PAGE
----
The audit also found that the Department did not consistently identify whether IP was expected to result from Crown Procurement Contracts (CPC). Furthermore, the default for CPC is that the supplier owns the IP unless NRCan enacts an appropriate exception. The decision to enact an exception to claim ownership of the IP was not always clearly and appropriately justified.

Supporting Observations

The audit sought to determine if adequate processes and controls have been established and applied consistently to support the identification, protection, and deployment of IP; and whether awareness and training activities have been developed and communicated.

Business Processes

NRCan creates, acquires, and produces IP through a variety of mechanisms, including inventions made by employees, in collaboration with an external party, through revenue generating activities, and under procurement contracts. The circumstances surrounding the generation of IP influence decisions relating to its ownership and, therefore, its management.

Inventions developed by public servants for new products or processes are subject to the Public Servants Inventions Act (PSIA). The PSIA requires that employees report any inventions arising from the performance of their duties. The audit found that the Department has an appropriate process for employees to disclose inventions, including arising ‘know-how’, through an IP Disclosure Kit. The Disclosure Kit is completed by the inventor and designated manager, and captures information about the ownership of the IP, a marketability assessment as well as management’s proposed mode of deployment. IP Disclosure Kits are processed by the Sector IP officers, and with the assistance of the designated manager, they determine what steps are necessary to seek appropriate protection.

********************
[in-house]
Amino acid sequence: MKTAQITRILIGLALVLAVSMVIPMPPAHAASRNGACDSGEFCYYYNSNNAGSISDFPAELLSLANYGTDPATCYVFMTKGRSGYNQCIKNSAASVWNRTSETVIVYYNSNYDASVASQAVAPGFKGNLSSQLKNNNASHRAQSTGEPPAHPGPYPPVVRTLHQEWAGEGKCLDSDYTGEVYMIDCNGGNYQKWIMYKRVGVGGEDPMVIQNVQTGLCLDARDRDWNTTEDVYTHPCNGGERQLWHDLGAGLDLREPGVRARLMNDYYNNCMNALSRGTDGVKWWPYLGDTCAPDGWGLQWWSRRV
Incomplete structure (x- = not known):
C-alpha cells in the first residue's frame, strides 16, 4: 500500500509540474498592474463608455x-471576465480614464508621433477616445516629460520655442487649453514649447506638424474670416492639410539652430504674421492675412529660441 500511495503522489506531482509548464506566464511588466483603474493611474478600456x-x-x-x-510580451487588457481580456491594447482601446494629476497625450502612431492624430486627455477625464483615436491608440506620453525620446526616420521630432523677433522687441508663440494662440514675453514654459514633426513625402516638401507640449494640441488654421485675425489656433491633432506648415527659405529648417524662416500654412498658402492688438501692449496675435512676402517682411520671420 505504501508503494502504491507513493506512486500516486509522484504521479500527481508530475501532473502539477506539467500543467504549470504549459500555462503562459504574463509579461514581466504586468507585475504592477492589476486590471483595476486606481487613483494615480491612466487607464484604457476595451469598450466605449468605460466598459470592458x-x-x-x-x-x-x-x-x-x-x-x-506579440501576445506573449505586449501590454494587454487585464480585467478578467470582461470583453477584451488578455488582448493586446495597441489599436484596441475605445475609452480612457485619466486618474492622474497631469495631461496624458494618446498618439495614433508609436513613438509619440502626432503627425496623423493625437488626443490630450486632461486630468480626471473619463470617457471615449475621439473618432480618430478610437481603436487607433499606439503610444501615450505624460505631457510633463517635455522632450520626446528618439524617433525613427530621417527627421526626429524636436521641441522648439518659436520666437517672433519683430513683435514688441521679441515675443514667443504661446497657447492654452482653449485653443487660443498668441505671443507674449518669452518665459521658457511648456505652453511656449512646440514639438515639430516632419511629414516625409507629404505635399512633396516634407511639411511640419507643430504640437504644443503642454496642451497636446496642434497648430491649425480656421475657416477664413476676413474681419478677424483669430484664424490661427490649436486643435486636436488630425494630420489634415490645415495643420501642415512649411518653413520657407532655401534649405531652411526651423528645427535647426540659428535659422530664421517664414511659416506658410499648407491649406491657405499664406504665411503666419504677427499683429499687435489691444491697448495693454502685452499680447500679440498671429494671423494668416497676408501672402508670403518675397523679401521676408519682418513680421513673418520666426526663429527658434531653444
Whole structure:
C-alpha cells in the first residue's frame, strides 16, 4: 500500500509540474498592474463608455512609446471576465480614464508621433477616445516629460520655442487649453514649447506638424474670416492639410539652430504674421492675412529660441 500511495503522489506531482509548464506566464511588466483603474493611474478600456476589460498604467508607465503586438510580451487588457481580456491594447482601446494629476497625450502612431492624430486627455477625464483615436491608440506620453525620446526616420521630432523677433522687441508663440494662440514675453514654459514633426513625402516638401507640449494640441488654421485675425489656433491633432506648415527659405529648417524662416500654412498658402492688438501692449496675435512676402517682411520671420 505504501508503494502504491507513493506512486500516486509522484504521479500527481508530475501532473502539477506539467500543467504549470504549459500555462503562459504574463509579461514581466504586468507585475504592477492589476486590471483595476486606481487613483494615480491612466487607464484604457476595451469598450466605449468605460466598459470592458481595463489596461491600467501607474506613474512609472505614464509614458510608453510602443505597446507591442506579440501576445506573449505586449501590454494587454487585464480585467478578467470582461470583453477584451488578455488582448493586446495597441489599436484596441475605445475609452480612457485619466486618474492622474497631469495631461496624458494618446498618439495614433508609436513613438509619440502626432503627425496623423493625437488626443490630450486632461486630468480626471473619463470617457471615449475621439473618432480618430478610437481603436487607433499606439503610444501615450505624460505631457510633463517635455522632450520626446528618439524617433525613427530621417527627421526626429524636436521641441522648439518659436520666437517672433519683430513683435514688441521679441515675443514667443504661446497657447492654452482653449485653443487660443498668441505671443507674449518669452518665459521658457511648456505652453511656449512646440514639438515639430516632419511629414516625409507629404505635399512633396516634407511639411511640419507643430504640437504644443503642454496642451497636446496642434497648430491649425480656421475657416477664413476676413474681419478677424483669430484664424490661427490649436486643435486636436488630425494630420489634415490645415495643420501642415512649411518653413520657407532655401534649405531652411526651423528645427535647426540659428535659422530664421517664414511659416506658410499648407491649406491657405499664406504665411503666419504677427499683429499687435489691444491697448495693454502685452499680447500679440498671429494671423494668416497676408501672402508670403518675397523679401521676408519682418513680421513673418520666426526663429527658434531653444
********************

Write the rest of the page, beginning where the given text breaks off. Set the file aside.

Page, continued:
NRCan undertakes collaborative research and development activities with external parties, including universities, other public institutions, and the private sector. Ownership of the IP that will be developed as part of the collaborative project needs to be addressed in advance of the collaboration, and must be clearly documented. The audit noted that at the Sector and Branch level, different Standard Operating Procedures (SOPs) and tools for the development of collaborative agreements have been established. For instance, the Business Development Unit in the Canadian Forest Service (CFS) is involved throughout the entire process and can, therefore, proactively provide IP advice when required. Comparatively, the Business Management Unit (BMU) in the Earth Sciences Sector (ESS) is engaged before an agreement is finalized by conducting the internal review in collaboration with Finance, Legal Services, and the Sectors’ IP officer. Audit interviews with the business office managers in the other Sectors confirmed that these Sectors do not engage them early in the process and will only communicate with them when IP issues arise. This lack of early consultation has created inefficiencies and duplication of efforts, considering that terms of agreements often have to be renegotiated.